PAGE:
holding that an argument that evidence "is totally insufficient as a matter of law to establish the commission of a crime" need not be preserved because "[s]uch complete failure of the evidence meets the requirements of fundamental error"Summary of this case from In re Diaz
Opinion filed July 11, 2003.
Application for Review of the Decision of the District Court of Appeal — Certified Direct Conflict of Decisions Fourth District — Case No. 4D01-1158 (Broward County)
Carey Haughwout, Public Defender, and Marcy K. Allen, Assistant Public Defender, Fifteenth Judicial Circuit, West Palm Beach, Florida, for Petitioner.
Charles J. Crist, Jr., Attorney General, Celia Terenzio, Bureau Chief, and Maria J. Patullo, Assistant Attorney General, West Palm Beach, Florida, for Respondent
We review F.B. v. State, 816 So.2d 699 (Fla. 4th DCA 2002), which certified conflict with T.E.J. v. State, 749 So.2d 557 (Fla. 2d DCA 2000). We have jurisdiction. See art. V, § 3(b)(4), Fla. Const. As explained below, we approve the Fourth District Court of Appeal's holding that the insufficiency of the evidence to prove one element of a crime does not constitute fundamental error, and therefore this claim must first be raised in the trial court to be preserved for appellate review.
I. The Decisions in Conflict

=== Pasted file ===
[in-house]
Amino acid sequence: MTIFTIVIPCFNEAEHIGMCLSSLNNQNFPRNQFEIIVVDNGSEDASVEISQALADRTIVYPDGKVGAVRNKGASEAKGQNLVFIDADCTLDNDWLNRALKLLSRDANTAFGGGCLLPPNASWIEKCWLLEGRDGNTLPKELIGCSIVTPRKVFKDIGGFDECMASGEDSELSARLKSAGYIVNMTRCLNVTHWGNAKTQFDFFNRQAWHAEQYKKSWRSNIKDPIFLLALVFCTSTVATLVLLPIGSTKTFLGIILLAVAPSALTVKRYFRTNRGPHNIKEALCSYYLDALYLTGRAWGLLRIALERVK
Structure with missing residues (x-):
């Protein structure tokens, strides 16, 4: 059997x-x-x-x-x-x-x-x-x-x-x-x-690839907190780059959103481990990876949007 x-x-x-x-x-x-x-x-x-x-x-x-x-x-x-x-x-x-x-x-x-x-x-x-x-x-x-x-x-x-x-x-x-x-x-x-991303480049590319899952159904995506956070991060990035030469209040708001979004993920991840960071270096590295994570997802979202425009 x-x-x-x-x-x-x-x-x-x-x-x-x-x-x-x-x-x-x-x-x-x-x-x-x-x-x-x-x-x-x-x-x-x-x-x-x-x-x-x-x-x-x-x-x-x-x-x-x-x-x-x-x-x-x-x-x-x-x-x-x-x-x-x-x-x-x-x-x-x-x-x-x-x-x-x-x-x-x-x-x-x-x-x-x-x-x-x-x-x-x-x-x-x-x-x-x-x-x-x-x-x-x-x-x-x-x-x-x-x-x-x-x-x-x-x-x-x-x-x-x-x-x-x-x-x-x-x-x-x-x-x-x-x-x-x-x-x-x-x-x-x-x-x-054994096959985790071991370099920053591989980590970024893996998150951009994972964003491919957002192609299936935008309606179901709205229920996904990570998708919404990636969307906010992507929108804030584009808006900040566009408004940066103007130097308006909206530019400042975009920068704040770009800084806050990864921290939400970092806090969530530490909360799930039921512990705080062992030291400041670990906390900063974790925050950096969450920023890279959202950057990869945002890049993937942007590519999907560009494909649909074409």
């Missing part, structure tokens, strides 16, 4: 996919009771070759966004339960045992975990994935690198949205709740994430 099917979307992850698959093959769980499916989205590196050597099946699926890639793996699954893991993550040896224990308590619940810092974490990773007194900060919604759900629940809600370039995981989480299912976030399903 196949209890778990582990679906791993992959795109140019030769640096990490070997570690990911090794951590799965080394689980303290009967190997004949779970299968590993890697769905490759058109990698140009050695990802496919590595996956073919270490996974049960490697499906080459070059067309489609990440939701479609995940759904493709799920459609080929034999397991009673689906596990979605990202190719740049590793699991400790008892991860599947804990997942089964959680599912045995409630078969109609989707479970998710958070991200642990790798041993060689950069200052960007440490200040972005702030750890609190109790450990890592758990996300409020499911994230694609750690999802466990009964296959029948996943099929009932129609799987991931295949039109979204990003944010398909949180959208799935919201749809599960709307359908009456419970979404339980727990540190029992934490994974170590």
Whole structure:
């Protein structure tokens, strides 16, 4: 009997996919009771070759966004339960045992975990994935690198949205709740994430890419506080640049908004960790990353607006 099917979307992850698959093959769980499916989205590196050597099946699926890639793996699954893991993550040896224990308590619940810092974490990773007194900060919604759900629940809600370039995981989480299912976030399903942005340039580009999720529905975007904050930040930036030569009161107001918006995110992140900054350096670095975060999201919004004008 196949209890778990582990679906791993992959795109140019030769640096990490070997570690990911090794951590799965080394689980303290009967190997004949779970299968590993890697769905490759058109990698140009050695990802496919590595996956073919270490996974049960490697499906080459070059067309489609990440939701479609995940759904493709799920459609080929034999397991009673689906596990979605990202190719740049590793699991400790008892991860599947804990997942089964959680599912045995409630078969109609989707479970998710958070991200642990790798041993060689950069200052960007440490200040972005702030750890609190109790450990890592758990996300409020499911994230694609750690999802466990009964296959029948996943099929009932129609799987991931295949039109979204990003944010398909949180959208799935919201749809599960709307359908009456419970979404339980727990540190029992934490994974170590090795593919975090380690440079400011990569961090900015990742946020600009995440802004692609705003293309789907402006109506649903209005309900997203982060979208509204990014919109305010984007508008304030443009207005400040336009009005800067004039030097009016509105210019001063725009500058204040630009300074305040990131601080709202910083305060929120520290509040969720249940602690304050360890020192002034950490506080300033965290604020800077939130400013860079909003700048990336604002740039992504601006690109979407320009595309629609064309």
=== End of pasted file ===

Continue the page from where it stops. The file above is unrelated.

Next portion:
The operative facts of the two cases are essentially the same. InF.B., the petitioner was adjudicated delinquent on the charge of petit theft of items valued at $100 or more but less than $300, a first-degree misdemeanor. 816 So.2d at 700; see § 812.014(1)(a), (2)(e), Fla. Stat. (1999) (declaring the theft of items valued at $100 but less than $300 to be a first-degree misdemeanor). Although the State presented evidence about the items taken, it offered no evidence of their value. Petitioner failed to object, however, or to move for judgment of acquittal on this ground. Petitioner raised the claim for the first time on appeal, asserting fundamental error. The Fourth District held that under State v. Barber, 301 So.2d 7 (Fla. 1974), the issue must be preserved for appeal. 816 So.2d at 701; accord Joseph v. State, 830 So.2d 911, 911 (Fla. 4th DCA 2002) (citing F.B. and affirming burglary of occupied dwelling conviction because insufficient evidence claim was not preserved). Similarly, in the conflict case, T.E.J. argued for the first time on appeal that a delinquency adjudication for first-degree petit theft must be reduced to second-degree because the State failed to prove the value of the stolen items. 749 So.2d at 558. Without mentioning Barber, the Second District Court of Appeal, relying on our decision in Negron v. State, 306 So.2d 104, 107 (Fla. 1974),receded from on other grounds by Butterworth v. Fluellen, 389 So.2d 968 (Fla. 1980), concluded that the "failure of proof on the essential element of value was fundamental error" and reversed. 749 So.2d at 558;accord E.R. v. State, 806 So.2d 529 (Fla. 2d DCA 2001) (reversing third-degree grand theft conviction as fundamental error, relying onT.E.J., because the State failed to prove that the value of the property exceeded $300 and ordering the conviction reduced to second-degree petit theft).